The different classes of PCI devices a VGA controller is one example are described in the PCI specification.
After depmod completes, all PCI devices that are supported by modules in the kernel are listed, along with their module names, in that file.
When the kernel tells the hotplug system that a new PCI device has been found, the hotplug system uses the modules.
This structure consists of a number of function callbacks and variables that describe the PCI driver to the PCI core.
It must be unique among all PCI drivers in the kernel and is normally set to the same name as the module name of the driver.
If the driver does not want to claim the device, or an error occurs, it should return a negative error value.
More details about this function follow later in this chapter.
More details about this function follow later in this chapter.
The suspend state is passed in the state variable.
This function is optional; a driver does not have to provide it.
It is always called after suspend has been called.
This function is optional; a driver does not have to provide it.
It does not return the number of devices that were bound to the driver or an error number if no devices were bound to the driver.
This is a change from kernels prior to the 2.
It is helpful if drivers can be loaded before the device appears, to reduce the time it takes to initialize a device.
This is very useful if a new device is being used that the kernel doesn't know about just yet.
If a driver was not allowed to load until a device was present in the system, this interface would not be able to work.
Instead, they would either walk the list of PCI devices in the system by hand, or they would call a function that could search for a specific PCI device.
The ability to walk the list of PCI devices in the system within a driver has been removed from the 2.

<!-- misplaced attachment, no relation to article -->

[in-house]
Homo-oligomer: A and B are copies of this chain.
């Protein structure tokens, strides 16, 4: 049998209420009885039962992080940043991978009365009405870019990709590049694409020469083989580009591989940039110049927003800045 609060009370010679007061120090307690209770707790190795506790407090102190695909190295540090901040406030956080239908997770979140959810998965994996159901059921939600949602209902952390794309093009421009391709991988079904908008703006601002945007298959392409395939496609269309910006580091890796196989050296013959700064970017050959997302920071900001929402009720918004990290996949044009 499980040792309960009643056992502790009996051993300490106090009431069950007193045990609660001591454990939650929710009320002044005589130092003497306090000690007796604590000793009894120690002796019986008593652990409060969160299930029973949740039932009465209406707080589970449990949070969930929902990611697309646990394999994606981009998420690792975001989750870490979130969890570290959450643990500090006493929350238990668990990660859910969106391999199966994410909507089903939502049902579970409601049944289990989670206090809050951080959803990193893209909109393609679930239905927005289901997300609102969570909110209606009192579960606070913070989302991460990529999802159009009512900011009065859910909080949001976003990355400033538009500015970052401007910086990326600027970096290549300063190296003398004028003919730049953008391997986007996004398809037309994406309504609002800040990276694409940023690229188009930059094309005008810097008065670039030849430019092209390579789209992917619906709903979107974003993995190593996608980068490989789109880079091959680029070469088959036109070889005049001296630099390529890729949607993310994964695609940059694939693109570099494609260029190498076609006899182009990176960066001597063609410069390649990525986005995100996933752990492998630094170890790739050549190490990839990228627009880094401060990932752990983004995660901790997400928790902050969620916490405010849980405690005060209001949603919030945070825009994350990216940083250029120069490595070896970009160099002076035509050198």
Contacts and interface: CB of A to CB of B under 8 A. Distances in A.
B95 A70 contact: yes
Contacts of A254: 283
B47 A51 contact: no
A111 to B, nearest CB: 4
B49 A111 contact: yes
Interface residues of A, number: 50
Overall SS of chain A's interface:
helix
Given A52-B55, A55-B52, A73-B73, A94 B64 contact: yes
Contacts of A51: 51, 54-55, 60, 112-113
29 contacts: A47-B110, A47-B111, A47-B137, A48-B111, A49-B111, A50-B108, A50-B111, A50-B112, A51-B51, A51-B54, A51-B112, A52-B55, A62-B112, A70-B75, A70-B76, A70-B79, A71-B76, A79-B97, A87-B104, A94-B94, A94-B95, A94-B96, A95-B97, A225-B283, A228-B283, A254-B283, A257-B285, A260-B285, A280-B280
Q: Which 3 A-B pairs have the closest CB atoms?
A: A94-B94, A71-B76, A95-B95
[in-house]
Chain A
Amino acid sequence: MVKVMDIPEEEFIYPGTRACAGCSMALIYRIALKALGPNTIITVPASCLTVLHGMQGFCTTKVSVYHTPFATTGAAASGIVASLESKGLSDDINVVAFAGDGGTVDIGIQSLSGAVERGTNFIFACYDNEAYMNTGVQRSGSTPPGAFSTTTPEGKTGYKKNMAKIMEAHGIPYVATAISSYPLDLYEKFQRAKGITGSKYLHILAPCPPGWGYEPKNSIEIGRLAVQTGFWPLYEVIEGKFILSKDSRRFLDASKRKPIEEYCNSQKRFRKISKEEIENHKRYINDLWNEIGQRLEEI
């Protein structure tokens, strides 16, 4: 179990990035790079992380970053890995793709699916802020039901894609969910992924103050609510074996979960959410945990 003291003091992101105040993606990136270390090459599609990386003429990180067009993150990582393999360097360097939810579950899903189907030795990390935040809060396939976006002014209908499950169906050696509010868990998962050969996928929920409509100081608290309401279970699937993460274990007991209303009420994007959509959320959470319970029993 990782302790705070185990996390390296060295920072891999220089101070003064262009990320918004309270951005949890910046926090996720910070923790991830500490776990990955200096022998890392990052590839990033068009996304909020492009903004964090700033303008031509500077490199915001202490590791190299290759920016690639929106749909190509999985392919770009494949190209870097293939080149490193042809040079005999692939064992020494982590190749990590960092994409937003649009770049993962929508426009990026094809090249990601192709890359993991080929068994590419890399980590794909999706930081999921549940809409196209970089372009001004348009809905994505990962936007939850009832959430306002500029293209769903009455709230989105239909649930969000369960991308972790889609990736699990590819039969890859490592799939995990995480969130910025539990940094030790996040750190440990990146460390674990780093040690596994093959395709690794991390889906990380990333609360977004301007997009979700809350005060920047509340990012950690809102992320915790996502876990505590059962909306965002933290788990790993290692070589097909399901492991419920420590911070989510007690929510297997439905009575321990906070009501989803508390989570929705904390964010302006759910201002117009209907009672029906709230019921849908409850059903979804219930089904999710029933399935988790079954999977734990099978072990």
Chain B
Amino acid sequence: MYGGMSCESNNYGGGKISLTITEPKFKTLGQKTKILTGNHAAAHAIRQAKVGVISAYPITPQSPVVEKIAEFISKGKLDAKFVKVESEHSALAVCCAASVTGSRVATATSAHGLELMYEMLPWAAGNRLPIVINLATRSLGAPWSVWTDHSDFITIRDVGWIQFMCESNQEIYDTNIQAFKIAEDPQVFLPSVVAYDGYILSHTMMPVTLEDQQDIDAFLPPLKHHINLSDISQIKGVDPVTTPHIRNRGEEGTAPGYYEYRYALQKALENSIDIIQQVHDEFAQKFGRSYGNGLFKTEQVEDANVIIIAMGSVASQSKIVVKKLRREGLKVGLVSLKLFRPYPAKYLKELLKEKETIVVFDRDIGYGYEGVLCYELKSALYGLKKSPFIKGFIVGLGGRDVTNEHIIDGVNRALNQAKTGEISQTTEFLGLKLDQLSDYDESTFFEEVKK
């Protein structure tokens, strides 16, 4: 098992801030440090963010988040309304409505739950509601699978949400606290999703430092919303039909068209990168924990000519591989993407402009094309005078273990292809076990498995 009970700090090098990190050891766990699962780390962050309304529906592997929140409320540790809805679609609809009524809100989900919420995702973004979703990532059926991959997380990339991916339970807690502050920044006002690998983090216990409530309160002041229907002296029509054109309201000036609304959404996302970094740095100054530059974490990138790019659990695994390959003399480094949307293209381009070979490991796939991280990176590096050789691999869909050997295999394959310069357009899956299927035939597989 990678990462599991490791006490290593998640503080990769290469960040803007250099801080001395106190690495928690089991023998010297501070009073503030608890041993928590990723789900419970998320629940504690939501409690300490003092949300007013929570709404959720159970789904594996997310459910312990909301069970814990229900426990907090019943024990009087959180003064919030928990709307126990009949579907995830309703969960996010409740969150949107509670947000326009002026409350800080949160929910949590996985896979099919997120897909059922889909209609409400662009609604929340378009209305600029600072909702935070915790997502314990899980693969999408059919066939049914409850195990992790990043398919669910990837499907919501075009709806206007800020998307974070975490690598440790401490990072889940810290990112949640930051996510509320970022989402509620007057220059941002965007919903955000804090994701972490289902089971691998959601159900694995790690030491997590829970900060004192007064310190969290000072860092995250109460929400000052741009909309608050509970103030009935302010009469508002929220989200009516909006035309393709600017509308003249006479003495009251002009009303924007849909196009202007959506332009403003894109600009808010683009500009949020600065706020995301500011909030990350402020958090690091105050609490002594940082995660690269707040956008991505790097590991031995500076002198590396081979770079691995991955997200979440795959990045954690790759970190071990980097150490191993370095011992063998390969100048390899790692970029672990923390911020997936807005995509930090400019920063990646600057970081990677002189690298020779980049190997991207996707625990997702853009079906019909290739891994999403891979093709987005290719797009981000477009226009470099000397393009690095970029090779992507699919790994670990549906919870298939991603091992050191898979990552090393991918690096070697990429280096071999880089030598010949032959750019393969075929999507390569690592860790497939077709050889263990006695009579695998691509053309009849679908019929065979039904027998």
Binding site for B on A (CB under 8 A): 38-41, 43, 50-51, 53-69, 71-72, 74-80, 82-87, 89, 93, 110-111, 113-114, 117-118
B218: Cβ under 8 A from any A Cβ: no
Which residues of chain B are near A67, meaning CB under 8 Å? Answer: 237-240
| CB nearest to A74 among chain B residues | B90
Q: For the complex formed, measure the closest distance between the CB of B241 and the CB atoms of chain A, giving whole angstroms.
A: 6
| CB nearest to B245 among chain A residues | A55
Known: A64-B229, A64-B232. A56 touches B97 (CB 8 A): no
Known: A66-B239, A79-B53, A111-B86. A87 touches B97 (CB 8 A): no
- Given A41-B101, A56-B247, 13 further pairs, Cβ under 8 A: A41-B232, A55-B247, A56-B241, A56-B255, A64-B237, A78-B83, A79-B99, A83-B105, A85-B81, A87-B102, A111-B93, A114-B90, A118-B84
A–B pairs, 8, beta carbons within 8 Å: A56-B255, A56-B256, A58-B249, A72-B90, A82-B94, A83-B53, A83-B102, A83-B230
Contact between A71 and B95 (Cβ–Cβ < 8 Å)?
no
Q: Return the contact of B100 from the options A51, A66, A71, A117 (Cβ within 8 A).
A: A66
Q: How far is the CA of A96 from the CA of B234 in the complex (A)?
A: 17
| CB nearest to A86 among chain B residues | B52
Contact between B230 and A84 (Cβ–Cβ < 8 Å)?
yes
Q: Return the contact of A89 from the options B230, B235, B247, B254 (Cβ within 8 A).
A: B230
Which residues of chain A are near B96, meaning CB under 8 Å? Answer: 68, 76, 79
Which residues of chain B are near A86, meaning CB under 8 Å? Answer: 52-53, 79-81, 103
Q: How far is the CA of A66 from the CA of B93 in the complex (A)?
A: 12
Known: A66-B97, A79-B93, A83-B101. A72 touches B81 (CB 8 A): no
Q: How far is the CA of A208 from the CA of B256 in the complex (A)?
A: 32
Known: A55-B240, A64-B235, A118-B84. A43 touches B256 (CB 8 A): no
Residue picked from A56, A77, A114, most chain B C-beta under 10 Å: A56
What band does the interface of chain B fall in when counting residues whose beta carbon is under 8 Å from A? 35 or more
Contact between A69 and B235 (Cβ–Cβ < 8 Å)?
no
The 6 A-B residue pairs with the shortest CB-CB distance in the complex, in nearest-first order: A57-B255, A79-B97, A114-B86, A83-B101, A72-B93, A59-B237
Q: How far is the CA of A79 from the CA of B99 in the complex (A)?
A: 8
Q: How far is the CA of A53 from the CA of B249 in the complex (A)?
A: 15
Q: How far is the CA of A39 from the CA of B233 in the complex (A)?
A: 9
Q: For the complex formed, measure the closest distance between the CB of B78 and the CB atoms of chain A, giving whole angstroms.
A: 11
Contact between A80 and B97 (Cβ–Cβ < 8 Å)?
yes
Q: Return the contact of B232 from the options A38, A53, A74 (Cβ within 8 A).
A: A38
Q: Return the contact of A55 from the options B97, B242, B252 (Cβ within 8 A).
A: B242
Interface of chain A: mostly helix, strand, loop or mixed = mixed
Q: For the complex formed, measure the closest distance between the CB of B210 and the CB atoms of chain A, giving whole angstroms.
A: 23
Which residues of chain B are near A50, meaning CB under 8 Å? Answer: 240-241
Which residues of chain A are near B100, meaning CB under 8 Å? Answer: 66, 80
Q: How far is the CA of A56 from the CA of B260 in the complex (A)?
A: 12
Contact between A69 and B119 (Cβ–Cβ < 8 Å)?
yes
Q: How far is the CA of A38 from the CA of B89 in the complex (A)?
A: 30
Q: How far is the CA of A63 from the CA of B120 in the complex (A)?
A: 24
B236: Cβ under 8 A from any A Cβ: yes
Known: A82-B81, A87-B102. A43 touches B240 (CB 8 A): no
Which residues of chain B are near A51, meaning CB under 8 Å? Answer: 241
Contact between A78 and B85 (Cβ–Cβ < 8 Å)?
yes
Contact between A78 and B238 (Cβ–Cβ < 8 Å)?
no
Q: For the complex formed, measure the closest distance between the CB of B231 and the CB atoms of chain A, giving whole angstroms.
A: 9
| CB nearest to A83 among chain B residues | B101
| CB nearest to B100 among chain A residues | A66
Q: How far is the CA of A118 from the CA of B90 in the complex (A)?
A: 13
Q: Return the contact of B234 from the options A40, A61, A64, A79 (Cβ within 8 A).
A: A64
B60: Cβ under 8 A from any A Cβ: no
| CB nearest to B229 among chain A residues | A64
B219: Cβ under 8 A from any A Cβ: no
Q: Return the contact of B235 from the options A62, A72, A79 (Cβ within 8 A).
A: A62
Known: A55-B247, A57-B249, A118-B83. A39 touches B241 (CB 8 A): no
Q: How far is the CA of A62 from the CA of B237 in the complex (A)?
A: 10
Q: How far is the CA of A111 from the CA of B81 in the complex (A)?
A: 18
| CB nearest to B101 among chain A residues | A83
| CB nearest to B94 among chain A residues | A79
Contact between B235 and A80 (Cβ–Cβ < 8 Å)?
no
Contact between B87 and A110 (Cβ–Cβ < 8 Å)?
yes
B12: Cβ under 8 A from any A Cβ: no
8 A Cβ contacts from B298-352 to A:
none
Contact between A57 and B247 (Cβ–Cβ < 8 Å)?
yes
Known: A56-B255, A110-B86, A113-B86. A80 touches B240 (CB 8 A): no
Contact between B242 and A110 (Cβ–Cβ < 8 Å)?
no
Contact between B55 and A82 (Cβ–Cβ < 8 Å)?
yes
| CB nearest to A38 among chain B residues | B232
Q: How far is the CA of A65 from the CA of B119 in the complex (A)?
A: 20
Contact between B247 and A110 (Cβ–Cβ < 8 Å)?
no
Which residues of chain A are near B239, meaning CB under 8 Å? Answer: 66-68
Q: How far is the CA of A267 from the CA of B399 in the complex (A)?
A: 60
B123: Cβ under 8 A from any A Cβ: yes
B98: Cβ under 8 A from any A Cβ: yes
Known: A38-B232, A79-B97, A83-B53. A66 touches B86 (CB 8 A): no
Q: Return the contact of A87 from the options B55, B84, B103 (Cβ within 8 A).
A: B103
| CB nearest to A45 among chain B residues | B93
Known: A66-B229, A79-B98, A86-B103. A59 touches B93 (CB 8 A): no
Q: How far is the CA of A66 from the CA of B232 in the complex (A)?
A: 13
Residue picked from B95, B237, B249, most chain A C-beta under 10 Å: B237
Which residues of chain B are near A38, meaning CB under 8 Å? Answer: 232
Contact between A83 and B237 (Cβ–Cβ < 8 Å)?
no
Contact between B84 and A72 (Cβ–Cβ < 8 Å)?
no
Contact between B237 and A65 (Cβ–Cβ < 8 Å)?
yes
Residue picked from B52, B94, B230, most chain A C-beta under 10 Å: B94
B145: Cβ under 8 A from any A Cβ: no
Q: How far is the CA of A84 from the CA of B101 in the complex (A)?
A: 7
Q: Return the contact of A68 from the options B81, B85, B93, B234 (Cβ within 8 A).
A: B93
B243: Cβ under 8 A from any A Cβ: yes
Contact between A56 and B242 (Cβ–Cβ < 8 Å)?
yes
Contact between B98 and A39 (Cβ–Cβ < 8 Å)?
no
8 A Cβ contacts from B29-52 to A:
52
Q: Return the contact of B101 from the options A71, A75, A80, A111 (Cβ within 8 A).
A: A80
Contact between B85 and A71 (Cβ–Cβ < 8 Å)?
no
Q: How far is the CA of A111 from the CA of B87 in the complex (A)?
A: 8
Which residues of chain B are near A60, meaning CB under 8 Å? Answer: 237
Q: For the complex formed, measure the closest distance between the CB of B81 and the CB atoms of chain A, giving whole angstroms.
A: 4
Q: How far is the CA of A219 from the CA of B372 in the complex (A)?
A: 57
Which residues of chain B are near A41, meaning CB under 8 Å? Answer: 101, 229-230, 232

This prevents the structure from disappearing without isa slot pin configuration notice and ensures that the kernel does not oops.
The from argument is used to get hold of multiple devices with the same signature; the argument should point to the last device that has been found, so that the search can continue instead of restarting from the head of the list.
To find the first device, from is specified as NULL.
If no further device is found, NULL is returned.
If it is, a warning is printed out to the system log.
This function can not be called from interrupt context.
If it is, a warning is printed out to the system log.
If a device is found that matches, its reference count is incremented and a pointer to it is returned.
All of these functions can not be called from interrupt context.
If they are, a warning is printed out to the system log.
This happens, for example, with CardBus devices which have been made completely equivalent to PCI at the driver level.
Accessing the Configuration Space After the driver has detected the device, it usually needs to read from or write to the three address spaces: memory, port, and configuration.
Because the microprocessor has no way to access the configuration space directly, the computer vendor has to provide a way to do it.
To access configuration space, the CPU must write and read registers in the PCI controller, but the exact implementation is vendor dependent and not relevant to this discussion, because Linux offers a standard interface to access the configuration space.
As far as the driver is concerned, the configuration space can be accessed through 8-bit, 16-bit, or 32-bit data transfers.
The where argument is the byte offset from the beginning of the configuration space.
The value fetched from the configuration space is returned through the val pointer, and the return value of the functions is an error code.